In my previous blog post about “How To Scout for the Perfect Photoshoot Location” I gave you all of my tips on how to find locations that may fit the need of a photoshoot you are planning. I received a few messages saying you would love to know more about the things to “Keep In Mind” I briefly mentioned in the last post, so here we go! Here are some of the questions I ask myself to see if this spot will be a winner!


I went into more detail on this subject on my last post, but I will reiterate again - knowing whether or not the locations is public or private should be your highest concern!


This may seem like a given, but the amount of change one particular location may experience from season to season is crazy! While during fall and summer a spot may have ample leaf cover in the background to help block the direct sun, the leaves may be gone or just tiny little things in the winter or spring. Just this variation can cause a drastic change in how you must take the photos and position the clients. While one spot may be bone dry in the summer, it may be thick with mud in the winter in spring. Be sure that although a location may have worked for you in the past and would be ideal one time of the year, that it will still work for the time you are planning your next session.

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Even if you are not a photographer, more than likely you know the rule of the ‘Golden Hour’. This is my absolute favorite time to shoot! It is either the hour before sunset, or the hour after sunrise. The timing of your shoot during Golden Hour is very important, because the lighting is the absolute best it will be all day long during this time frame. The sun is at the perfect height to make colors look vibrant and bold, while minimizing the harsh glare of the sun. The light is even and glowy, and looks phenomenal on all skin tones! So while you should ideally aim for Golden Hour during your shoots, be very aware that the actual time of golden hour shifts ALL THE TIME. While in summer I may not begin shooting until after 7:00 sometimes, in winter I may begin my session around 3:30 - the time the sun sets and rises is always fluctuating, so do your research on what position the sun will be in during your photoshoot!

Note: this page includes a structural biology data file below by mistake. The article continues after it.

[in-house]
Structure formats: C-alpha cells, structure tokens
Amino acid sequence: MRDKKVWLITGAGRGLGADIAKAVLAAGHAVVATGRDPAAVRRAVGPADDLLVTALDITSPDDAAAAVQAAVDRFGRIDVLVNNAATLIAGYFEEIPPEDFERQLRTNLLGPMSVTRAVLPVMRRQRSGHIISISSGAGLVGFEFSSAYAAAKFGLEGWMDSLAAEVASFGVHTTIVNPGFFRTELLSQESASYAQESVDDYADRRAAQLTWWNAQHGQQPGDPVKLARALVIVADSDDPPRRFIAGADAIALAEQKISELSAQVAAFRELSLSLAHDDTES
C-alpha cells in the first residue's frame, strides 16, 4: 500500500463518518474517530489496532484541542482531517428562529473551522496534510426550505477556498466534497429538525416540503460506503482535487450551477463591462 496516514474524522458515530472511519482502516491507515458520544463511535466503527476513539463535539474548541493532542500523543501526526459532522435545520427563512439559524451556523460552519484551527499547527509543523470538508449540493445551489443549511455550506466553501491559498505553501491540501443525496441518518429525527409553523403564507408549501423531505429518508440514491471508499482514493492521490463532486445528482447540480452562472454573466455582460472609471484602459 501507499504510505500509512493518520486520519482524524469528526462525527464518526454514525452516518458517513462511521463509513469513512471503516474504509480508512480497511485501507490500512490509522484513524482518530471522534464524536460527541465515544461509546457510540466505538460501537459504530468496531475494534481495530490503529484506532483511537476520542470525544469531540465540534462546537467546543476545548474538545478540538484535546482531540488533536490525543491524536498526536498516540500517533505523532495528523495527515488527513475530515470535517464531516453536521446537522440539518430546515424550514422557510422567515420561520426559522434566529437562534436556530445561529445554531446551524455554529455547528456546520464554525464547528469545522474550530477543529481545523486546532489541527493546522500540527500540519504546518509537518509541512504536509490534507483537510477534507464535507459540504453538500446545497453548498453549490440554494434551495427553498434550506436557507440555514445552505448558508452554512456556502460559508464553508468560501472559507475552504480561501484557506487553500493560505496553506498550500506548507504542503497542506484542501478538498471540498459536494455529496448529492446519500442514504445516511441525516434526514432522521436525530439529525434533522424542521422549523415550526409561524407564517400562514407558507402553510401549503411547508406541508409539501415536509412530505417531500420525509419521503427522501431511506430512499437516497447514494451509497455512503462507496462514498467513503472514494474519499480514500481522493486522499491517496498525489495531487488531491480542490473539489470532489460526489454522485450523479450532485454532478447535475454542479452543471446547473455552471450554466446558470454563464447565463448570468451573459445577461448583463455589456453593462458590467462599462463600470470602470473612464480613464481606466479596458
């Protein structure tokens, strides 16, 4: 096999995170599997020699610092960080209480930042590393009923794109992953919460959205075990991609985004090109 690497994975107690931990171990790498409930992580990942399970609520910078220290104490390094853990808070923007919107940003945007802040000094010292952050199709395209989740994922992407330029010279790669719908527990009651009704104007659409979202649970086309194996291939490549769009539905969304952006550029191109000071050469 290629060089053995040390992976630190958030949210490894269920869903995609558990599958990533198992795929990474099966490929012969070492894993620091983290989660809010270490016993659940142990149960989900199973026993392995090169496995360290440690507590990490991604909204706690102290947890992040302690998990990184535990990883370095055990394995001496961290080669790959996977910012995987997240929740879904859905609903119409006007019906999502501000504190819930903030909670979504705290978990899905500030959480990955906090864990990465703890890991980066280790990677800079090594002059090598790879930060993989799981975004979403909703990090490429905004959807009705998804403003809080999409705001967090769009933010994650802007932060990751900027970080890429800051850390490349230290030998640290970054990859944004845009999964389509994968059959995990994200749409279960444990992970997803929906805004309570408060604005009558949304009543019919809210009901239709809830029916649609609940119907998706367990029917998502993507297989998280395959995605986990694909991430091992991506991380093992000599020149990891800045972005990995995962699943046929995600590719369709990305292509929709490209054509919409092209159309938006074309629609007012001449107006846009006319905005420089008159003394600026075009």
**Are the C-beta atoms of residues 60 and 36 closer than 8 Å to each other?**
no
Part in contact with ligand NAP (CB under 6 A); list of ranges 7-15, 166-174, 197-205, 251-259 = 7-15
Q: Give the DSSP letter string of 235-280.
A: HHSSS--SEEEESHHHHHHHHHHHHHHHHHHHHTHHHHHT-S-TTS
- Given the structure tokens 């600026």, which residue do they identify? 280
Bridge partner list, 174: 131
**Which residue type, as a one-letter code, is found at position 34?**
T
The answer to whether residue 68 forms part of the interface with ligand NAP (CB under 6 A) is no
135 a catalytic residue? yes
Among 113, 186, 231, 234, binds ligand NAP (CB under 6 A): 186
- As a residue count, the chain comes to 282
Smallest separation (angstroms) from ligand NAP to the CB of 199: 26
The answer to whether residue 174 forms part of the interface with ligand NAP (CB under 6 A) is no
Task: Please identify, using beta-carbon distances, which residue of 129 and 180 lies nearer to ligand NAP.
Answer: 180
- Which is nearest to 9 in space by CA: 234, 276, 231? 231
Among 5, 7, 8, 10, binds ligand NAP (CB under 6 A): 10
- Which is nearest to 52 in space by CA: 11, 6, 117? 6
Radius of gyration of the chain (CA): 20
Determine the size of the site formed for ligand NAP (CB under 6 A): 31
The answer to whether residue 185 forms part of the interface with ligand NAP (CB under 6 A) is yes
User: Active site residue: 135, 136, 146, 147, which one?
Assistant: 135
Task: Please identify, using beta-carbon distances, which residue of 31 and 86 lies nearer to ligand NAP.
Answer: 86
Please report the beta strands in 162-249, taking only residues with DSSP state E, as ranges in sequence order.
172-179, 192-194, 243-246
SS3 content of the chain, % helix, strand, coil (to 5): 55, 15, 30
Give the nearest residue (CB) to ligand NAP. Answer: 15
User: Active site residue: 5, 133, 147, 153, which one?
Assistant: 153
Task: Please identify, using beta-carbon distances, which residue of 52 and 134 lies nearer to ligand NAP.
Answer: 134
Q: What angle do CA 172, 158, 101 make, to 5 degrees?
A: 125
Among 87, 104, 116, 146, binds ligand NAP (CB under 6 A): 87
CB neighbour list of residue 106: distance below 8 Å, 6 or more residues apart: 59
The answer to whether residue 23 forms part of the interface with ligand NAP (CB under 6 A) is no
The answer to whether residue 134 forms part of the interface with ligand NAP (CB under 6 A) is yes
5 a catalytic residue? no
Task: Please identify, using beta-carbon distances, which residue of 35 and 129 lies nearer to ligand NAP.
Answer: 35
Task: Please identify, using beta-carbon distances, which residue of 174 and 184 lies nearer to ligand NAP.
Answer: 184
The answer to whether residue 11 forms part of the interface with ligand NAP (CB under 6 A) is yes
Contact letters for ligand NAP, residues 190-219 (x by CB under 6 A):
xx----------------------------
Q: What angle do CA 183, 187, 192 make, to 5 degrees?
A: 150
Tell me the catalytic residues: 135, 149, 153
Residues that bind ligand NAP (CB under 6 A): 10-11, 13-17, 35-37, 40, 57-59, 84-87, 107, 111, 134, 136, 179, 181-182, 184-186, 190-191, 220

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Knowing where your light is going to be coming from during your shoot is such a must! As a rule of thumb, just know that the sun rises in the east, is at its highest point and directly overhead in the middle of the day, and sets in the west. Knowing the pattern of the sun’s movements will ensure that the background you want will be lit correctly during the time of your shoot. For example, since I am such a huge fan of shooting right before sunset, I want to make sure that my locations will be mainly focused facing the westerly direction for that dreamy glowy backlight! I avoid the harsh overhead light at all costs! The sun being directly overhead will cause harsh shadows, blow out your background, and make editing a pain in the neck!



This also should go without saying, but check the forecast and track it right up to your photoshoot! Not only should you watch out for rain, snow, and other yucky conditions, but check the forecast of the sun availability. If it is going to be mostly sunny and gorgeous, prepare for a backlit shoot. However, if you are expecting overcast skies, you may have to flip your subjects so they are FACING the direction of light - clouds easily diffuse the sun, so it makes for even lighting if you have your subjects positioned correctly!



This consideration may not be at the top of the list, but it is definitely something to keep in mind when planning your clients sessions. If they are planning to wear cowboy boots and a sundress, the better option may be to shoot in a natural, rustic landscape rather than a downtown scene. You want to make sure the wardrobe and the location are cohesive, so your shoots can emulate the vibe your client was going for!

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When picking a location, try to make sure the views that will be captured in your photos will not contain any unnecessary distracting objects. This may include cars, buildings, powerlines, or even people! If the spot is too good to pass up, there are ways around including those objects in your photos. You can body block them out by placing the subject in the line of view of the object or person, so you cannot see them. You can also adjust your angle to your subject to crop the object out! And if it comes down to it, many background objects can be easily photoshopped out.